"Then six Bishops went to the place prepared for the Nuptiall Ceremony, the King standing on the left hand and she on the right. Then the Lord Chancellour asked the Bands [sic] betwixt them, first in Latin and then in English."
I have not seen Haywood's book, but give the reference and quotation from the letter of a friend, who had been discussing with me the etymology of the East Anglian word sybrit, or sibbit, the local word, still in use, for banns. It has more than once been contended that this word is derived from some old Latin formula, si quis sciet, or the like. I shall be very glad if any reader of 'N. & Q' can supply a Latin form of banns. Nall has a long note on the word sybrit, from the and scoffs at Moor's derivation beginning of the banns, as they used to be published in Latin, si quis sciverit." Nall, commenting on this, says :
"Later on, in his appendix [to 'Suffolk Words and Phrases,' 1823], Moor admits, with compunctious visitings, the sad downfall of his exultation over this happy etymology. On consulting the Latin liturgies no such passage could be found."
[Is not the correct title of this work of Thomas Heywood The Life of Merlin, surnamed Ambrosius: his Prophecies and Predictions interpreted and their Truth made good by our English Annals'?]
MORTIMER'S HOLE, NOTTINGHAM.-As the extract below, which refers to an interesting matter of English history, elucidates some doubts on the subject, I have deemed it worthy to be enshrined in 'N. & Q.'
The Rev. John Lambe, M.A., of Clare Hall, Cambridge, rector of Ridly, co. Kent, and schoolmaster of Southwell, co. Nottingham,
"There [i. e., at Nottingham] Mortimer was seized going to bed to Queen Isabel [wife to Edw. II], by the King and his friends who were brought into the Castle by torchlight thrô a secret way under ground, beginning far of [off] from the said Castle till they came even to the Queens Bedchamber; by these words of Stow it is plain that the hollow Entrance on the top of the Rock on the South side of the Castle is very ignorantly called by some, Mortimer's Hole; The place always show'd for Mortimer's Hole when I was a boy [i. e., 1692 and 1700] was on the left side of the way to Lenton in a narrow bottom between two hilly Rocks upon one of which (almost over against opposite to] the great Yard of the Castle to the North) there stands a poor Cottage_sometime an Alehouse, it is a little way before the Entrance into the Park along the foot way to Lenton. Mortimer was carried to London and hang'd on ye Com'on Gallows at the Elmes [Tyburn], where he hung by the Kings [Edw. III.] Order 2 days and 2 nights [in 1330].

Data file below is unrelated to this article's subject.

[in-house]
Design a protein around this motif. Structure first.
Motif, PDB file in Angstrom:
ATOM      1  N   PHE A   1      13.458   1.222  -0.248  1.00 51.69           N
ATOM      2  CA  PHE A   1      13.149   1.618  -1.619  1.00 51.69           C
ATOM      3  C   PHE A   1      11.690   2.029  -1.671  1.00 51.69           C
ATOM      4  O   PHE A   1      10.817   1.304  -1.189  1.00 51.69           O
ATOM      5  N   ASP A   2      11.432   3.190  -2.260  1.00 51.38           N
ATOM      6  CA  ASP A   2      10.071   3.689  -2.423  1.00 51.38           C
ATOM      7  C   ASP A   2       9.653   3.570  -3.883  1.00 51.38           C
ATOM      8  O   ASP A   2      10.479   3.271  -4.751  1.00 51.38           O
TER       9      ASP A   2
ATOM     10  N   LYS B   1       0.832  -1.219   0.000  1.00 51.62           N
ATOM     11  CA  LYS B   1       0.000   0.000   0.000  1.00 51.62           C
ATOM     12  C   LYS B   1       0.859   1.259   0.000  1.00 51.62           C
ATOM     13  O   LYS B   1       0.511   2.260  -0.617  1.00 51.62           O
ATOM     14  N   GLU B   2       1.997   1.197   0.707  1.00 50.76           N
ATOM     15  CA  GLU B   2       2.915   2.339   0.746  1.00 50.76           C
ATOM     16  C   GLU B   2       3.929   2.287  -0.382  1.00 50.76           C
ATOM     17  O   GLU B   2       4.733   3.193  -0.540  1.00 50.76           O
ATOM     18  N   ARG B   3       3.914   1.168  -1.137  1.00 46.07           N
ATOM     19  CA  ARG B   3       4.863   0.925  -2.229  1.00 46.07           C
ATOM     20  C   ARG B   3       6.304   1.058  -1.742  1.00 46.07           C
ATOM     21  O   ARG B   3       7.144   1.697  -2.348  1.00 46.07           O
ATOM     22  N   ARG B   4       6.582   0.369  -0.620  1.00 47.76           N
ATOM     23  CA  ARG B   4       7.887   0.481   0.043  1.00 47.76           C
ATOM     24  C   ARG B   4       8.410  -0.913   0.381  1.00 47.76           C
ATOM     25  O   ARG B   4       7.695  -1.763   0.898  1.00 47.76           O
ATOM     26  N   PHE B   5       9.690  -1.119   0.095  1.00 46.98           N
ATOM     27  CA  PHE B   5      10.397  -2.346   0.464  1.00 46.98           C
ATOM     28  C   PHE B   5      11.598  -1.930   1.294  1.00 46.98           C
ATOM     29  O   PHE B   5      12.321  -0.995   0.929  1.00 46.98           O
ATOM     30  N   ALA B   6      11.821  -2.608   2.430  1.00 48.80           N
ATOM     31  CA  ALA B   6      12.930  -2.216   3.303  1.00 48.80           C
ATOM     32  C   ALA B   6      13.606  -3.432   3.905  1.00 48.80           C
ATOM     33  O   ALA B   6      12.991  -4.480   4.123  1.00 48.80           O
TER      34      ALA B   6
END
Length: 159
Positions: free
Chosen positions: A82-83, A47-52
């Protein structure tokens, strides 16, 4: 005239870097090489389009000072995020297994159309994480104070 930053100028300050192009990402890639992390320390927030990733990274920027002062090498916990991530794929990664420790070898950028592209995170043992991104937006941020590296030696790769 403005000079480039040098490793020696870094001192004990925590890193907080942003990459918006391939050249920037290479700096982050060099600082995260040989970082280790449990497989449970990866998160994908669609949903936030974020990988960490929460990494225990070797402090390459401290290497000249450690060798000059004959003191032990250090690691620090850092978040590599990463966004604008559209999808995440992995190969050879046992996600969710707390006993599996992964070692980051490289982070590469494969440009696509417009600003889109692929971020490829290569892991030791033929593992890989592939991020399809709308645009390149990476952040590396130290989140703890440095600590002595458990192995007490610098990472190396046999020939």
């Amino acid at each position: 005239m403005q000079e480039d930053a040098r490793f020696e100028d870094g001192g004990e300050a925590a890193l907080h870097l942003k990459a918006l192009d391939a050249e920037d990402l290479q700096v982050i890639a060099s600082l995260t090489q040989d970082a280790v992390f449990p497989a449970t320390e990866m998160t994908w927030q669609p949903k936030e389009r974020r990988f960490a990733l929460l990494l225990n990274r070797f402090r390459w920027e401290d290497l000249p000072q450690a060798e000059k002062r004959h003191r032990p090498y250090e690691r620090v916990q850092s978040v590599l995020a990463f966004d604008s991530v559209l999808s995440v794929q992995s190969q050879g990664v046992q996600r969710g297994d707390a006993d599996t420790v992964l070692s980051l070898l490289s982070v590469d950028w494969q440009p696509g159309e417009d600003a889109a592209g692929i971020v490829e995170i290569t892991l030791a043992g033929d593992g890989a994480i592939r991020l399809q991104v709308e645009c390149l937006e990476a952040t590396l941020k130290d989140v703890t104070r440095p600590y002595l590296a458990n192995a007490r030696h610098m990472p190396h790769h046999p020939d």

"As to Mortimers hole My Friend Mr Athorpe Counsell at Law in Nott: is of another Opinion he is very positive, that the hollow passage on the South side of the Rock, which goes down to a Spring-Well in Brewhouse Yard now com'only called Mortimer's hole, is the Real one; and that it always was called so.
"There are large Remains in Nott. Park near the
Lene River, of a Religious house cut all out of the
W. I. R. V.